The latest purchases for the group which describes itself as the leading Central European energy group are focused on Hungary, a relatively new and, on the face of it, problematic market for power companies in recent years.
Czech energy group EPH is continuing its acquisition trail with assets this time picked up in Hungary. The diversity of recent acquisitions puzzles many, but the Czech group is still borrowing big time at fairly low rates of interest.
After a pause for breath, Czech energy group Energetický a Průmyslový Holding (EPH) announced the continuation of its Europe-wide acquisition run on Tuesday.
Daughter company EP Energy has sealed a deal with the Hungarian unit of French power giant Électricité de France to buy majority 95.6 percent stake in the company owning three Hungarian heat and power plants. The plants, grouped together under the company Budapest Eromu Zrt, have a combined electricity production capacity of 406 MW and heat production capacity of 1182 MW. Together, the plants at Kelenföld, Újpest, and Kispest furnish around 60 percent of Budapest’s heat demand and around 3% of Hungary’s electricity needs. They switched to natural gas away from coal and oil in the 1960s and 1970s.
Although EPH owns stakes in 40 companies in the Czech Republic, Slovakia, Germany, Italy, Britain, and Poland and is the biggest heat and power company in the Czech Republic, Hungary has hitherto been something of a backwater for it.
The Hungarian market has recently been a turnoff for major power companies as the government of Viktor Orban has sought to squeeze their profits through dubious regulatory moves and special taxes and reverse the widespread utility privatisations that took place in the last 20 years. German energy company RWE notably sold up its near half share in Budapest’s gas distribution company. State electricity producer MVM has pushed to boost its national profile and buy out minority shareholders where appropriate.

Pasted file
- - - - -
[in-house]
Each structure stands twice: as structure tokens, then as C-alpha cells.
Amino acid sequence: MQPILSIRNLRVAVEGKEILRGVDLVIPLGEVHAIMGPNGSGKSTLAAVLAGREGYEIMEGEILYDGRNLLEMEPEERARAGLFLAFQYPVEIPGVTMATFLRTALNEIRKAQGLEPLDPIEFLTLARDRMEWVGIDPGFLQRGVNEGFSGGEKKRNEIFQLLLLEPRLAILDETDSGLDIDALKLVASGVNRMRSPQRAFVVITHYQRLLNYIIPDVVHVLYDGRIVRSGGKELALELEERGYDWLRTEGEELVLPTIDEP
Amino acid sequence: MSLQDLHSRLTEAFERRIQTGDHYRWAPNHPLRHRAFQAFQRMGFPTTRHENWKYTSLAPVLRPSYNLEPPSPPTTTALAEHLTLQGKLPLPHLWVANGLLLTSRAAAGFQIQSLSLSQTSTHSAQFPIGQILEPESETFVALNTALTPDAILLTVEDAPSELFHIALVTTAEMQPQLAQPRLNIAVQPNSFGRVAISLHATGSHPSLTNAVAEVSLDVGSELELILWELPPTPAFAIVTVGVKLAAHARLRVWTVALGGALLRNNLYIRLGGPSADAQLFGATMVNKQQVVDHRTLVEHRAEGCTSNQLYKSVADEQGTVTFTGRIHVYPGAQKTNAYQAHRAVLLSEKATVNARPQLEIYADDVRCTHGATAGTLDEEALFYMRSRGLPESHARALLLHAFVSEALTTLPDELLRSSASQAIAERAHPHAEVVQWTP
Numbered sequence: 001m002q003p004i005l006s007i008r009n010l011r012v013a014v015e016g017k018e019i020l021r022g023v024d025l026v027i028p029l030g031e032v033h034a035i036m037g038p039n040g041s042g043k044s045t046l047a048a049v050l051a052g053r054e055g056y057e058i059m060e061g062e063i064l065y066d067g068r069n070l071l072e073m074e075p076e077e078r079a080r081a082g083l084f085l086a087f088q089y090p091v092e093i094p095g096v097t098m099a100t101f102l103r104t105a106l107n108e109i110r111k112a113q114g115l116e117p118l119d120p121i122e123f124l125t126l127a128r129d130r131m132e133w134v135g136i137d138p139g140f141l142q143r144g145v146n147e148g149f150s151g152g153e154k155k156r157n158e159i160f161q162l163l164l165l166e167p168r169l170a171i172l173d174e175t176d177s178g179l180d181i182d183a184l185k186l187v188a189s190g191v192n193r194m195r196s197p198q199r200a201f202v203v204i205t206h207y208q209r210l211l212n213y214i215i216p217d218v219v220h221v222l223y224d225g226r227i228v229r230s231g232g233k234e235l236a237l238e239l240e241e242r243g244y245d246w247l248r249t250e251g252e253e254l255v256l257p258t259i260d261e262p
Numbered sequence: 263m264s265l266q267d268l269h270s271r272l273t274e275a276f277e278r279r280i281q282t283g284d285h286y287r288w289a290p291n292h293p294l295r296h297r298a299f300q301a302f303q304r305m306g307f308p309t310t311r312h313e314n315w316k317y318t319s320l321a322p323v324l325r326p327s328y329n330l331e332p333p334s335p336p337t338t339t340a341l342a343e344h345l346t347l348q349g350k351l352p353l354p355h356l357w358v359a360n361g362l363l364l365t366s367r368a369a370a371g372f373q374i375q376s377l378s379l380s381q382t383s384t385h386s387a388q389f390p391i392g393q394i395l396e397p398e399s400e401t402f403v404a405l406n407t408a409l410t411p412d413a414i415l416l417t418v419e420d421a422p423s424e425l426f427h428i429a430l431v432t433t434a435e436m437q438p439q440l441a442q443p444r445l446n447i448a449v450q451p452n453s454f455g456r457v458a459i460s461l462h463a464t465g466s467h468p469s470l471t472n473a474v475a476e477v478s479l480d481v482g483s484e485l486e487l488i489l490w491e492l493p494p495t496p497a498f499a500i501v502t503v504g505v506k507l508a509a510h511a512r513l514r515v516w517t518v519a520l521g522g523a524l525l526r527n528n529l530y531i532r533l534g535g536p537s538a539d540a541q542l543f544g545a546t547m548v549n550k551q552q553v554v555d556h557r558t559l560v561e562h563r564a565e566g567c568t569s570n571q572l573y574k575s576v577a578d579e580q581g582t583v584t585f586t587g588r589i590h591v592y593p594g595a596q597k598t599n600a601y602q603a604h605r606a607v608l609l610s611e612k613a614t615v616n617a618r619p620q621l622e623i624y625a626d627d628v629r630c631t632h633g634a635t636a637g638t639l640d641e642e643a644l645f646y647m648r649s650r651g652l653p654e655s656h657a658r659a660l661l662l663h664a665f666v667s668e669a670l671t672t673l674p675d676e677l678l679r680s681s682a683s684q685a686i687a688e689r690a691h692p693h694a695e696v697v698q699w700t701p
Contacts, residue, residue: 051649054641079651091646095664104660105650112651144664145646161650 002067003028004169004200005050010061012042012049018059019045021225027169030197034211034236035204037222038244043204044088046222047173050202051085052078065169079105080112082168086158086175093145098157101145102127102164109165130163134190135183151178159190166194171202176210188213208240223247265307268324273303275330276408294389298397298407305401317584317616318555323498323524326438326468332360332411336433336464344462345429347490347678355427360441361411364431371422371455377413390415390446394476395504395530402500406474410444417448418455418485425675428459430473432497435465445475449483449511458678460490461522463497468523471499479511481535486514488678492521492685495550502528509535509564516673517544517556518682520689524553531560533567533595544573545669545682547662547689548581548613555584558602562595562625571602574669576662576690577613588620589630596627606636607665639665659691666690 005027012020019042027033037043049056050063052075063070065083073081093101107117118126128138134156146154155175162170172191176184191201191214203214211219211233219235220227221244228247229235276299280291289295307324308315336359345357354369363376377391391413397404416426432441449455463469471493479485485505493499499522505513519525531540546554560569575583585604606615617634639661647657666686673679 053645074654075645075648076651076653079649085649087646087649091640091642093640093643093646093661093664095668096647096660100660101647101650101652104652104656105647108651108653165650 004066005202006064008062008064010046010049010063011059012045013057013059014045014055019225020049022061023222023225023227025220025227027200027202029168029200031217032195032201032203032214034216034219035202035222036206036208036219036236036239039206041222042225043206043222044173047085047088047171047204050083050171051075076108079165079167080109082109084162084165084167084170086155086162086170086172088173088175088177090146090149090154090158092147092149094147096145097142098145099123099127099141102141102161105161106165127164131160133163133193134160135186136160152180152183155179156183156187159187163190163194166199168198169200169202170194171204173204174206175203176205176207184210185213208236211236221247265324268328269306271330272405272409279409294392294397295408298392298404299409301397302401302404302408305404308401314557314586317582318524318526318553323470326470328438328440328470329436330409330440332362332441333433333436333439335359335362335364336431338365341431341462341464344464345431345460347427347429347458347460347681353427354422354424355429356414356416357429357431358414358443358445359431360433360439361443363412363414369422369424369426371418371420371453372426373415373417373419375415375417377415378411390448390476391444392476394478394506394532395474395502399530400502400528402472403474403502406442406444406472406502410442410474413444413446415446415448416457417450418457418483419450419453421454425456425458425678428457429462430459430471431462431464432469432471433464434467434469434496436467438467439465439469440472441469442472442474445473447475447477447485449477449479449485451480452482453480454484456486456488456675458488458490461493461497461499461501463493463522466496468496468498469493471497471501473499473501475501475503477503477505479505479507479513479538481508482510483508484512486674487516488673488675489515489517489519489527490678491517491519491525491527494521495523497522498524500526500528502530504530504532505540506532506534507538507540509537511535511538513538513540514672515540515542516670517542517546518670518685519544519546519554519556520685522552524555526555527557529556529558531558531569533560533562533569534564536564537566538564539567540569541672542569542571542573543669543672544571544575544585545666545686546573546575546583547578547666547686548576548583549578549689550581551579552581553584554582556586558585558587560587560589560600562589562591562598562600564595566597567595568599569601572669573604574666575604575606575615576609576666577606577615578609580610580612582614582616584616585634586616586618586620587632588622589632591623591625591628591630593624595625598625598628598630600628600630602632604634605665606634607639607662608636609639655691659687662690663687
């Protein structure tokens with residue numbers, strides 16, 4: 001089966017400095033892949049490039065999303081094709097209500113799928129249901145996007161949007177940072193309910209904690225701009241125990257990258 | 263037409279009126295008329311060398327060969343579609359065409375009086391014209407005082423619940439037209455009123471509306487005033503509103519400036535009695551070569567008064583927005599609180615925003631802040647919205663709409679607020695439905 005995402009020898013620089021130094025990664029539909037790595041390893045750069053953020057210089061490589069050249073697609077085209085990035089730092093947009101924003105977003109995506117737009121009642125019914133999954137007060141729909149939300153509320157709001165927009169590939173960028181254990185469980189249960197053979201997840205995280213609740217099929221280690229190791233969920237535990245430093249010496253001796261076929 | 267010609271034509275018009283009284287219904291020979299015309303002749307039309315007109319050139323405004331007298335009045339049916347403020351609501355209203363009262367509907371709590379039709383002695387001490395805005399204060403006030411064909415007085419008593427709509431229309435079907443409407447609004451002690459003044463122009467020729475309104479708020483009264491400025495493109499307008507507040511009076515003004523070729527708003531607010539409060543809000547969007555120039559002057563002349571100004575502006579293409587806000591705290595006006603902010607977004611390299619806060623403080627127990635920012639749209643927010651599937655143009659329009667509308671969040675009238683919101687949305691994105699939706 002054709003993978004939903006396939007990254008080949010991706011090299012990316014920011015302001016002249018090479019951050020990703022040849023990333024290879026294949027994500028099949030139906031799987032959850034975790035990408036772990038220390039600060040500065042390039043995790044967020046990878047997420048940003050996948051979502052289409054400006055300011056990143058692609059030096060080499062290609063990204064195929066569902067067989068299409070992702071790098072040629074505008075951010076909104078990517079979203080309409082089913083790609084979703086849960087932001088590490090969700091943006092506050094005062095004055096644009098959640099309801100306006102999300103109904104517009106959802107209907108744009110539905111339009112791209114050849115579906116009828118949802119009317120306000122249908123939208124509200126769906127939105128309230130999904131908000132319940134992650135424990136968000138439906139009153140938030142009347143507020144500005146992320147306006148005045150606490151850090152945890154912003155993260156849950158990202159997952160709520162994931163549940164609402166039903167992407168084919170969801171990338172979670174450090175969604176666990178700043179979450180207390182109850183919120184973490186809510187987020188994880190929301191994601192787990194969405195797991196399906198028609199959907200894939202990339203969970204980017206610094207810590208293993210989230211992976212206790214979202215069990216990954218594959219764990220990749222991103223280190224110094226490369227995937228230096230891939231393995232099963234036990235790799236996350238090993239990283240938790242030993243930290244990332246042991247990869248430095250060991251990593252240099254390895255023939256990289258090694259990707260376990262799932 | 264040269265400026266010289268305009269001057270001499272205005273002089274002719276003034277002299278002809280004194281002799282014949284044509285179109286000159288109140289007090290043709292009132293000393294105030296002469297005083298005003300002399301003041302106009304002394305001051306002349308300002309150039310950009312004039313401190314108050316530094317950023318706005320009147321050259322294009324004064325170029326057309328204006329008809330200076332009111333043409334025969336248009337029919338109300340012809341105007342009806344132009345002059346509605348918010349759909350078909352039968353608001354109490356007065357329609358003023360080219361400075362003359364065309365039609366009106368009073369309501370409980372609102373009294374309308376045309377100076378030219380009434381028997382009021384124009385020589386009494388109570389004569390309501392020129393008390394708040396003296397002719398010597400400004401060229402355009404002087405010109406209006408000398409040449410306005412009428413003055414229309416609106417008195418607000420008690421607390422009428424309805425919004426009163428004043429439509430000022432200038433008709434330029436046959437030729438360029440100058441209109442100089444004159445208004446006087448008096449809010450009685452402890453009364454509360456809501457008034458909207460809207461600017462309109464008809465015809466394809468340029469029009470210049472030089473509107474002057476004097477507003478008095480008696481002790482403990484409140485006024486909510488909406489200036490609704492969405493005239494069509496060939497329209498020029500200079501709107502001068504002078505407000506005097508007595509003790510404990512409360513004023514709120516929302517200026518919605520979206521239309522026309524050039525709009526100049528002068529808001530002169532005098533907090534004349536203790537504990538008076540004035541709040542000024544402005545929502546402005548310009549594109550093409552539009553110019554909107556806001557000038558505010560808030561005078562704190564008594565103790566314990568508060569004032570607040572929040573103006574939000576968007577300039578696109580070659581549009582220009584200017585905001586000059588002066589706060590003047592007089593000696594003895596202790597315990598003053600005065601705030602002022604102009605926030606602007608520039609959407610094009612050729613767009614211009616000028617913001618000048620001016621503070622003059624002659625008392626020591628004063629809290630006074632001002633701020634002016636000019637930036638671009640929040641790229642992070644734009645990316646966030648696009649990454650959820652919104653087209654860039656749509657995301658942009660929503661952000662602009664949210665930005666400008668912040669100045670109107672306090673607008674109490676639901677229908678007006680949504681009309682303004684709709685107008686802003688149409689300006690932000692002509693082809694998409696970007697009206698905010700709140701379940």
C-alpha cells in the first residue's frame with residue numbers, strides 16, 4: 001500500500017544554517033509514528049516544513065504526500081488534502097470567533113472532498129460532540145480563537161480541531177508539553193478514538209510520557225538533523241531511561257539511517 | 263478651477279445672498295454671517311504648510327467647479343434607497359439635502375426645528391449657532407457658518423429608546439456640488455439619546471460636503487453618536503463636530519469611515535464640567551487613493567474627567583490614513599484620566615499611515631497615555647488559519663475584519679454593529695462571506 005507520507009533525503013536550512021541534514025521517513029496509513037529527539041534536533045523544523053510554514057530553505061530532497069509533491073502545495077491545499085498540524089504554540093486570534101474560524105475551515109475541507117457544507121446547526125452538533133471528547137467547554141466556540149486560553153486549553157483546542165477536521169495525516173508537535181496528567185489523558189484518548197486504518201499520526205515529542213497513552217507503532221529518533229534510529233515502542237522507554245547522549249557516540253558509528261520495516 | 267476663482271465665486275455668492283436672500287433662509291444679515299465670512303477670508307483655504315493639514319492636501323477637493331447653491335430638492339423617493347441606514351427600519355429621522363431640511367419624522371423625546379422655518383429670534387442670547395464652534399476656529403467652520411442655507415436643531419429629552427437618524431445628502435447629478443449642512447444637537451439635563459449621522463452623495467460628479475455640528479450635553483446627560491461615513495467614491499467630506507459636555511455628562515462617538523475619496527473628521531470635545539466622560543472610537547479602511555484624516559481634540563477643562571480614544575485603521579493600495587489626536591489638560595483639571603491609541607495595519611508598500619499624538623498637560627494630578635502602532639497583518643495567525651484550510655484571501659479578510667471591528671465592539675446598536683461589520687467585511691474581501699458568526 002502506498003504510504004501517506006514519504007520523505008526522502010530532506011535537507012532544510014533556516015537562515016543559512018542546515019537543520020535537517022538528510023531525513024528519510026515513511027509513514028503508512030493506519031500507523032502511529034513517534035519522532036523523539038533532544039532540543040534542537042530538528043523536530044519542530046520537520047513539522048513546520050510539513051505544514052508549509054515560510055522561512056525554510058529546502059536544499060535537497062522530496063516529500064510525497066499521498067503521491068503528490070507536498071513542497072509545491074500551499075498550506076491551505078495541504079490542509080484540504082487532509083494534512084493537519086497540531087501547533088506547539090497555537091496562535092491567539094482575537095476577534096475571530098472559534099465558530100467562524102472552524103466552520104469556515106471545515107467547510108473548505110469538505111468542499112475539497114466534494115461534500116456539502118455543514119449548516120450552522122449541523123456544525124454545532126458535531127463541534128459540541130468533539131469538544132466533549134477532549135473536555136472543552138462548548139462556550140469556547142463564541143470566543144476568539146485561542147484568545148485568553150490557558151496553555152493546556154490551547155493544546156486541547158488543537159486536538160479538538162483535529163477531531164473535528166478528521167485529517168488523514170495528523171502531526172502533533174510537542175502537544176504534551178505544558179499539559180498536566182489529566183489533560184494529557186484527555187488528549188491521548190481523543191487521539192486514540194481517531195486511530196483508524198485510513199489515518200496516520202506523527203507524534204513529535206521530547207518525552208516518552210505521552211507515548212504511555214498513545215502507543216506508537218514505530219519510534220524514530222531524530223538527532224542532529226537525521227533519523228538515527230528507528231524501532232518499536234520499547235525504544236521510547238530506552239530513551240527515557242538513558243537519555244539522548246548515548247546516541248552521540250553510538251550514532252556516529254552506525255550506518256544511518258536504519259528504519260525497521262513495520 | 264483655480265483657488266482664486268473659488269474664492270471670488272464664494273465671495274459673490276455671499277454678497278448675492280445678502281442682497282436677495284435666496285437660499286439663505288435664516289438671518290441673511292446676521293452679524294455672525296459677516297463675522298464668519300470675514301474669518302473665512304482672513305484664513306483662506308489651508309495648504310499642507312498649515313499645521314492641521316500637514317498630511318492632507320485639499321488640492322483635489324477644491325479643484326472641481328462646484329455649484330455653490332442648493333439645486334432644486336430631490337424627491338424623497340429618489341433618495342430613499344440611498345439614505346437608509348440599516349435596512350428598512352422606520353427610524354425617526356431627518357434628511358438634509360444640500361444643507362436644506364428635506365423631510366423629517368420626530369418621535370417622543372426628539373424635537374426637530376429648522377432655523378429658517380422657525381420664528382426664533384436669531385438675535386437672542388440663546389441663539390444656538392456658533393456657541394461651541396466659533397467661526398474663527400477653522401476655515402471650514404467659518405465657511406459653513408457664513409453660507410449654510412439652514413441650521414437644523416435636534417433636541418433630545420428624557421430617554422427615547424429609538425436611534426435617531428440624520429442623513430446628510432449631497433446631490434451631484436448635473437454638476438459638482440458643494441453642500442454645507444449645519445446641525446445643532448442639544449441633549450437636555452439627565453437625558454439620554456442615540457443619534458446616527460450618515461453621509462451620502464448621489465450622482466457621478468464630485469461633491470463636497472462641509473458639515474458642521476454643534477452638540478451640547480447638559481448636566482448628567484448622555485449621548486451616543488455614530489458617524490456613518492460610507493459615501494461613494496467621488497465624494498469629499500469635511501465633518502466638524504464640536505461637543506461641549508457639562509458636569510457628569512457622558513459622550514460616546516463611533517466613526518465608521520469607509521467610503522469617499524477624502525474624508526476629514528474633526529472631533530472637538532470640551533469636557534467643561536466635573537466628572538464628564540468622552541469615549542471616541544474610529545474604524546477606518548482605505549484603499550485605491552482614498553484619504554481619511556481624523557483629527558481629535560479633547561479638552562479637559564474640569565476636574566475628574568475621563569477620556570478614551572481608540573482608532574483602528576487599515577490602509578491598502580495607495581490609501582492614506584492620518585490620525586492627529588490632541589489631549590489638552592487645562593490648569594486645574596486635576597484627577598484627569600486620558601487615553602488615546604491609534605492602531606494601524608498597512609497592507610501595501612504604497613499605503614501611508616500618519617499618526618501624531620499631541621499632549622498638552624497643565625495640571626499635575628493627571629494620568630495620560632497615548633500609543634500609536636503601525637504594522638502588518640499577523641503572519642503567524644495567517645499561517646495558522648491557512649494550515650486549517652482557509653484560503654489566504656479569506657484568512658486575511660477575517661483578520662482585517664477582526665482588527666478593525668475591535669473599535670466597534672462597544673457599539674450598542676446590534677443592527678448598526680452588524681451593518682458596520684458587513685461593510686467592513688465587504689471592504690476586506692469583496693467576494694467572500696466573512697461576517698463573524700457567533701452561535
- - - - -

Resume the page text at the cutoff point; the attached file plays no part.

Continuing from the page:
EPH in January purchased seven power plants in Italy, six gas-fired and one coal-fired, after two months earlier sealing a deal to take over the massive but aged Eggborough coal-fired power plant in England.
The mix of acquisition and the debt that both parent company EPH and daughter company EP Energy are stacking up has caused many to scratch their heads. The ratings agency Fitch confirmed its evaluation of EP Energy back in May. But it cautioned at the same time that it saw little room for improvement in the rating due to continued weak Czech power prices and the weakness of the Czech crown against other currencies.
Regulatory changes, such as the threatened but now apparently averted coal tax in Germany, might have caused the rating to be cut, it added. On the flip side, it says the company’s earnings are fairly stable and supported by its low cost lignite mining and long-term coal supply contracts, low-cost and subsidised cogeneration supplies, and regional power monopolies. The main worry for EPH appears to steam from its half share in Slovakia gas pipeline company Eustream and the risk that Russia will stop shipping all gas through Ukraine and onwards through Slovakia.
The latest deal still needs to be cleared by Hungary’s competition authority and the French Ministry of Economy.
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